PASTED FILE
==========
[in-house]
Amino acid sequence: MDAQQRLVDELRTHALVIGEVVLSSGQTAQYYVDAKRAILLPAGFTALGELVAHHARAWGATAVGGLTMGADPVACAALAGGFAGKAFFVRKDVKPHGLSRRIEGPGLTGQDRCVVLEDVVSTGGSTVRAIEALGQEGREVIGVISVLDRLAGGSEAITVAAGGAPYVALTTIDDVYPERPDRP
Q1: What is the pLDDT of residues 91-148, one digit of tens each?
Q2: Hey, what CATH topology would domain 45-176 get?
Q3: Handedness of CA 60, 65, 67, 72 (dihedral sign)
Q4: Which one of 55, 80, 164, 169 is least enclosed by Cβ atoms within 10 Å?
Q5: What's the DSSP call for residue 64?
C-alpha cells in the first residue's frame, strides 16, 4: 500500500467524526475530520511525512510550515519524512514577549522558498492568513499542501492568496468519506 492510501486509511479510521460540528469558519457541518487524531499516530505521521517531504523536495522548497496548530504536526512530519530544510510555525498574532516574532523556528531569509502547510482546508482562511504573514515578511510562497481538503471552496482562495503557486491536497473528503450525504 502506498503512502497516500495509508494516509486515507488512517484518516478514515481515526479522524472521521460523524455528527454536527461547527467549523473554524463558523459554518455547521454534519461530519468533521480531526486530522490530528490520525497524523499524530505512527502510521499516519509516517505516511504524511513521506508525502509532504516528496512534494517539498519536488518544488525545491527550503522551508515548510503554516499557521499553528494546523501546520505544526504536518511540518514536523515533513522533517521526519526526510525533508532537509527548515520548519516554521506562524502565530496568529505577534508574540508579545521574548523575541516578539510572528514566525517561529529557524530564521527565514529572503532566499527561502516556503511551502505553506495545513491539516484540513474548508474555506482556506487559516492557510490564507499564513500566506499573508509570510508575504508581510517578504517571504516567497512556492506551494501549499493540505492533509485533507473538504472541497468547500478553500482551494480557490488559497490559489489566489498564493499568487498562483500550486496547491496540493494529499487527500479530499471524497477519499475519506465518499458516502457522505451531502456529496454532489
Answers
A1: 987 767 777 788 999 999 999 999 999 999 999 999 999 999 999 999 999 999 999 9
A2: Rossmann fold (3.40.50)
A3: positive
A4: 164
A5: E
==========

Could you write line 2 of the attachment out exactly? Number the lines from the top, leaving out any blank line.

Amino acid sequence: MDAQQRLVDELRTHALVIGEVVLSSGQTAQYYVDAKRAILLPAGFTALGELVAHHARAWGATAVGGLTMGADPVACAALAGGFAGKAFFVRKDVKPHGLSRRIEGPGLTGQDRCVVLEDVVSTGGSTVRAIEALGQEGREVIGVISVLDRLAGGSEAITVAAGGAPYVALTTIDDVYPERPDRP